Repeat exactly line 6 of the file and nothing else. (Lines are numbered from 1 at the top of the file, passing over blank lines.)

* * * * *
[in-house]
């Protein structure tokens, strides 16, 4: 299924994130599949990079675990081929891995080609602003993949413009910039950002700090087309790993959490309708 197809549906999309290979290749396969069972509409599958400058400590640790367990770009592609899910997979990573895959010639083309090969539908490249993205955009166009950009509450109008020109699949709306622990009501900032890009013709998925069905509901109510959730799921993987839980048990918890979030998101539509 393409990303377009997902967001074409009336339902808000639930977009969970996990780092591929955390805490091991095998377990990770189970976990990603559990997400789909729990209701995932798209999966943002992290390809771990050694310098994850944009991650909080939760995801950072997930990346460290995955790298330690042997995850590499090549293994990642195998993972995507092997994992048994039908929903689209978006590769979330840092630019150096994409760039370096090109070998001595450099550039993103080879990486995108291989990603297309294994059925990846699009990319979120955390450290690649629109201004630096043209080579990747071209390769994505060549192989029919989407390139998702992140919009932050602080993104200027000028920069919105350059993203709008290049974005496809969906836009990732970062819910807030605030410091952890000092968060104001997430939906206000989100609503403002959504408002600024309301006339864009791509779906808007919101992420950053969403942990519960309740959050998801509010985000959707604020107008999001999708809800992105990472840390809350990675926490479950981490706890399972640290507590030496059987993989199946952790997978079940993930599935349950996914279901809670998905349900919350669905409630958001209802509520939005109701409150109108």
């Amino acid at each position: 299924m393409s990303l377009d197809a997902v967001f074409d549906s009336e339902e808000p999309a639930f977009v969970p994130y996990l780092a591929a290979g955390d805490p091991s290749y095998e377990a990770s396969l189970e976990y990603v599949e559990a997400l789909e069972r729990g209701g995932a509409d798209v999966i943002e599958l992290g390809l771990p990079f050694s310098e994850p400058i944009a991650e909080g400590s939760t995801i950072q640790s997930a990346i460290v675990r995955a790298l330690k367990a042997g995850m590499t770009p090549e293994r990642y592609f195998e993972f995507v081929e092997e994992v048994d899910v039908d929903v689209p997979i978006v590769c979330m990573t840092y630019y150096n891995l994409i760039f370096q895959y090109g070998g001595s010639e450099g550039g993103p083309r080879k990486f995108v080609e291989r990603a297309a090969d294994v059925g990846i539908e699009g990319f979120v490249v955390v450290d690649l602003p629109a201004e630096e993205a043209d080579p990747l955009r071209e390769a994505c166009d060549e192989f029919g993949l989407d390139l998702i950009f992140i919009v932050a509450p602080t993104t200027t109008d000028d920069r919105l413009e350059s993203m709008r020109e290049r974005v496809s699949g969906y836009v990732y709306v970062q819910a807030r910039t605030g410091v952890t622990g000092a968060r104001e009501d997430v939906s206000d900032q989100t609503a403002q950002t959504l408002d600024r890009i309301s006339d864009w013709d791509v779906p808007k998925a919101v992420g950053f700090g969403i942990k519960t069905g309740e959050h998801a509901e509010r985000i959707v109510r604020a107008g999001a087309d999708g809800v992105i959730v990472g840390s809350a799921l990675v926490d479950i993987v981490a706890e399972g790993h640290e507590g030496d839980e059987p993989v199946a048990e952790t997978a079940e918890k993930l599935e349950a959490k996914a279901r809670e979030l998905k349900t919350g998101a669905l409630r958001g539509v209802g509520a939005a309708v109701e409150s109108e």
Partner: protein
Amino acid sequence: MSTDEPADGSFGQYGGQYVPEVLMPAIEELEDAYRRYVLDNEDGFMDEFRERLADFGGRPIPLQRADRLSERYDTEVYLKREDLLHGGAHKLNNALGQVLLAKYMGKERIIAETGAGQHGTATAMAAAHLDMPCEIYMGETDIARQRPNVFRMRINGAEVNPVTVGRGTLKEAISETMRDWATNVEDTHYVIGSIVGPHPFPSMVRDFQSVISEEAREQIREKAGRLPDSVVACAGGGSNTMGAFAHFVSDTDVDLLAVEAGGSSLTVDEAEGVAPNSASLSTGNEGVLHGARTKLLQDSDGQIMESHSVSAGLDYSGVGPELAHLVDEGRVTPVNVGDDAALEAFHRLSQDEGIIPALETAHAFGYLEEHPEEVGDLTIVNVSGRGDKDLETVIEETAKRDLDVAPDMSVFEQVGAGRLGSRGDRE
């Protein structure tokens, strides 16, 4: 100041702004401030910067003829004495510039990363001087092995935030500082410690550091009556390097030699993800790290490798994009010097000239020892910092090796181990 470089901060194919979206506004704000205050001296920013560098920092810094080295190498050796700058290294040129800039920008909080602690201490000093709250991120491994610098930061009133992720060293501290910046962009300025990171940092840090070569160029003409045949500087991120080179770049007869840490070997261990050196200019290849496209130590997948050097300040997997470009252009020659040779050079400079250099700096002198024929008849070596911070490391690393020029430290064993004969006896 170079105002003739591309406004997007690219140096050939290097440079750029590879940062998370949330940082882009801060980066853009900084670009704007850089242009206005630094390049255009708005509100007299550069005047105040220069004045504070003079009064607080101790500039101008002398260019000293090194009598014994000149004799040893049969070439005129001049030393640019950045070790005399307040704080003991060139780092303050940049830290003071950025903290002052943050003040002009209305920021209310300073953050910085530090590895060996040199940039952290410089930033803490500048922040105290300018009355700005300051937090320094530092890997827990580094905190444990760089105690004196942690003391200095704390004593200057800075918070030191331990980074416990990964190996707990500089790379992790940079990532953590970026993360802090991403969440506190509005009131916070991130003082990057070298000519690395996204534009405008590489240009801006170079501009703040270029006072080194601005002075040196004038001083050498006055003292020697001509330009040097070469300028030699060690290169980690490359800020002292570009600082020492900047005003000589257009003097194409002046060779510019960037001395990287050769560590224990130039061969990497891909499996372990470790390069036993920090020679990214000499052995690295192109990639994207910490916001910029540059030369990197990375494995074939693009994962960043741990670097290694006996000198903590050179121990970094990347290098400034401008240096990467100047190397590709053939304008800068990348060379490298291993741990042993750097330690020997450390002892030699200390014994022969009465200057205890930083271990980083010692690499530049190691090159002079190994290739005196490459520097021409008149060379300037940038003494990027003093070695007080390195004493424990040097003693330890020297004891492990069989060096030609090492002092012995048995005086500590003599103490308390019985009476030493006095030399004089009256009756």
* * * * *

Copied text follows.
């Protein structure tokens, strides 16, 4: 100041702004401030910067003829004495510039990363001087092995935030500082410690550091009556390097030699993800790290490798994009010097000239020892910092090796181990 470089901060194919979206506004704000205050001296920013560098920092810094080295190498050796700058290294040129800039920008909080602690201490000093709250991120491994610098930061009133992720060293501290910046962009300025990171940092840090070569160029003409045949500087991120080179770049007869840490070997261990050196200019290849496209130590997948050097300040997997470009252009020659040779050079400079250099700096002198024929008849070596911070490391690393020029430290064993004969006896 170079105002003739591309406004997007690219140096050939290097440079750029590879940062998370949330940082882009801060980066853009900084670009704007850089242009206005630094390049255009708005509100007299550069005047105040220069004045504070003079009064607080101790500039101008002398260019000293090194009598014994000149004799040893049969070439005129001049030393640019950045070790005399307040704080003991060139780092303050940049830290003071950025903290002052943050003040002009209305920021209310300073953050910085530090590895060996040199940039952290410089930033803490500048922040105290300018009355700005300051937090320094530092890997827990580094905190444990760089105690004196942690003391200095704390004593200057800075918070030191331990980074416990990964190996707990500089790379992790940079990532953590970026993360802090991403969440506190509005009131916070991130003082990057070298000519690395996204534009405008590489240009801006170079501009703040270029006072080194601005002075040196004038001083050498006055003292020697001509330009040097070469300028030699060690290169980690490359800020002292570009600082020492900047005003000589257009003097194409002046060779510019960037001395990287050769560590224990130039061969990497891909499996372990470790390069036993920090020679990214000499052995690295192109990639994207910490916001910029540059030369990197990375494995074939693009994962960043741990670097290694006996000198903590050179121990970094990347290098400034401008240096990467100047190397590709053939304008800068990348060379490298291993741990042993750097330690020997450390002892030699200390014994022969009465200057205890930083271990980083010692690499530049190691090159002079190994290739005196490459520097021409008149060379300037940038003494990027003093070695007080390195004493424990040097003693330890020297004891492990069989060096030609090492002092012995048995005086500590003599103490308390019985009476030493006095030399004089009256009756």